December 13, 2014
It’s December! That means it’s time again to enter the world of JRR Tolkien as brought to the screen by director Peter Jackson, with all its creatures, magic and the fur-covered feet of an old friend. I speak of course of The Hobbit’s second installment, The Desolation of Smaug, and its reluctant hero Bilbo Baggins.
Jackson was determined to show TDOS, like the first film, An Unexpected Journey, with the innovative 48-frames-per-second, although its use has been roundly criticized. He has also graced the film with the ever-evolving special-effects wizardry of the WETA Workshop.
It is a rather fearless choice on the part of the director and his crew to stick with and continue to expand on these developments in film. With the option of seeing it in the traditional way, at 24 fps, or the higher frame rate, in 2D, or in 3D, fans of the franchise have a plethora of choices.
Still the question is, does The Desolation of Smaug deliver excitement and grandeur, move characters forward, keeping its audience connected, making the split into three movies worthwhile?
Cinema Siren says yes. The film is nothing short of a visual stunner, making what might amount to the longest advert in history for New Zealand tourism board. It also might spur on a new fashion in architecture; Hobbit home design. As far as the action and story lines are concerned, there are two action scenes so engrossing they alone would make the trip to a cineplex time well spent.
Cinema Siren recommends this film enthusiastically, but with strong caveats… The high frame rate may continue to prove a distraction for most non-gamers, and viewers need to know what’s going on before going in, or a world of confusion awaits.
The first suggestion is to see the first movie shortly before seeing this new installment. That will help. The second is to pay heed to and ingest well this brief explanation of the mythology and recent history of middle earth…as well as watch my video of interviews with the actors. They speak for themselves.
It starts with the first film, where Bilbo Baggins (Martin Freeman) has been asked by the wizard Gandalf (Ian McKellen, deservedly a Sir) and accepted to be part of a dangerous quest to reclaim the dwarf kingdom, Erebor, inside The Lonely Mountain. He will be helping the leader, dwarf prince Thorin Oakenshield (Richard Armitage) and his 12 dwarf friends, and Gandalf will accompany them.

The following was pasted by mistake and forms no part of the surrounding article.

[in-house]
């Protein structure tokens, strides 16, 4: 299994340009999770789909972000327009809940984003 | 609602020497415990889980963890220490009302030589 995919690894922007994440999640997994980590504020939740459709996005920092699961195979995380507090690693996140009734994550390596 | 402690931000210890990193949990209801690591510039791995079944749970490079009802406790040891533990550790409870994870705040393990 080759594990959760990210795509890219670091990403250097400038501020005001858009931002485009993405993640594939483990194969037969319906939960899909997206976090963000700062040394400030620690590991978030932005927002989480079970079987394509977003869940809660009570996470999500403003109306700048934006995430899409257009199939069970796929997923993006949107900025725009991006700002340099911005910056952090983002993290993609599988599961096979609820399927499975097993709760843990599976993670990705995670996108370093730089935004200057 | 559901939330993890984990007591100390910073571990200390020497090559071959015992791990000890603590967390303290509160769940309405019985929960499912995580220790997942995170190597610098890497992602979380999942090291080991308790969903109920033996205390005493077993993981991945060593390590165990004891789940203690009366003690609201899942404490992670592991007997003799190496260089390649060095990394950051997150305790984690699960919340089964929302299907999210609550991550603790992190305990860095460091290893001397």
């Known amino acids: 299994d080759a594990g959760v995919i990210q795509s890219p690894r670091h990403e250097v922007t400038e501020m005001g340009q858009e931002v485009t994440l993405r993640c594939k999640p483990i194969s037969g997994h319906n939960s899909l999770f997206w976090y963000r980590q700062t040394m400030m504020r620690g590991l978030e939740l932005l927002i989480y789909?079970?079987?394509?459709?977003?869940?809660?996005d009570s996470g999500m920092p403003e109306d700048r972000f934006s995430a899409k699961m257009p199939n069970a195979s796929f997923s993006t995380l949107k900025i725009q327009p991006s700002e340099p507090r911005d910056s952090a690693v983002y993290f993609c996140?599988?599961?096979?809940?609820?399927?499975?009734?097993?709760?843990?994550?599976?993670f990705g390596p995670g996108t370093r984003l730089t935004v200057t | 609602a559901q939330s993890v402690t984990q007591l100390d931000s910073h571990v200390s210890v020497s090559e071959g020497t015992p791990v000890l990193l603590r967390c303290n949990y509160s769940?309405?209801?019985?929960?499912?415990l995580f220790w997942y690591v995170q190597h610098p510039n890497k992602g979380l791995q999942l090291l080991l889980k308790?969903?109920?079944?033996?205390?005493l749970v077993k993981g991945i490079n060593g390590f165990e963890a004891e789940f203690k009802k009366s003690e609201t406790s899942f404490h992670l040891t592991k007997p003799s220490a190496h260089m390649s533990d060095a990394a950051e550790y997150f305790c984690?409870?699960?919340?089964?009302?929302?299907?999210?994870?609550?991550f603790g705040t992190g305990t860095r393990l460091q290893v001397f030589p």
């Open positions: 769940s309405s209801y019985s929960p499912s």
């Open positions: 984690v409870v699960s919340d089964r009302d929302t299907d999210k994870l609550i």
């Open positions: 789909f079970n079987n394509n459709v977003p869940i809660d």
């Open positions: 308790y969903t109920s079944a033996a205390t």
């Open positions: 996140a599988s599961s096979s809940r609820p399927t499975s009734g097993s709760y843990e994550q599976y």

Off they go. They encounter goblins and Orcs, (hairless and very strong creeps that do the bidding of higher villains like the evil wizard Sauron) and on their way, go to the elfish stronghold of Rivendell.
Here is a good time to mention that dwarf prince Thorin doesn’t dig on elves. High elf and king Thrandui (Lee Pace) , Legolas’s (Orlando Bloom) father, looked on as his dwarf race was decimated and family was killed in battle, and he hasn’t forgiven the lot of them.
Anyway, high elf Lord Elrond (Hugo Weaving) tells them of a secret door that will get them into The Lonely Mountain, but the door is only visible on Durin’s Day. Adventures ensue wherein Bilbo has a great interaction with Gollum and winds up with the ring, which allows him to become invisible, but also has an ink-dark goodness-sucking power. The first film ends as they see The Lonely Mountain.
In this second film, the company continues into the forest of Mirkwood. Gandalf has to go off somewhere to take care of something. We see little of him from there, but it’s clear whatever he’s up to will play heavily in the third film.
They encounter giant spiders (those with arachnophobia, this is your one and only warning) and are captured by wood elves, overseen by aforementioned King Thranduil: Think a more laconic and blonde Loki with fewer Daddy issues and less desire to destroy. His son Legolas and new cinematic invention, ass-kicking common elf Tauriel (Evangeline Lilly), aid the dwarves and play a part in the proceedings, as does a mysterious human named Bard (Luke Evans) in Lonely Mountain adjacent and legitimately dragon-fearing Lake-town. Dragon doings ensue.
The most impressive scenes are when Legolas and Tauriel are fighting Orcs while the company is careening down a river in barrels, and the tense, exciting meeting of Bilbo and Smaug the dragon (Benedict Cumberbatch). Cumberbatch informed his characterization through motion-capture movements that the filmmakers used to develop the dragon’s physical quirks and facial expressions.
To see Freeman and Cumberbatch as Bilbo and Smaug, knowing they are also the beloved Watson and Sherlock getting a chance for alternate play gives their scenes an added deliciousness. We see two of the best actors around flexing their acting muscles, or if you prefer, flexing their hairy Hobbit feet and wings, respectively.
It is no surprise this movie ends with all things unfinished and disaster brewing in the air. No question if auds can remember who is who, what is happening and why, this cinematic middle child will not only make gold at the box office, but will create a slew of fanatical fans expectant and excited for December 2014. Peter Jackson risked a great deal in creating these films and at some point must have had quite a time staying hopeful and optimistic. For a man who has spent 10 years of his life bringing these stories to life on film, and for fans of the Tolkien classics, they will come to represent one of the heights of cinematic achievement.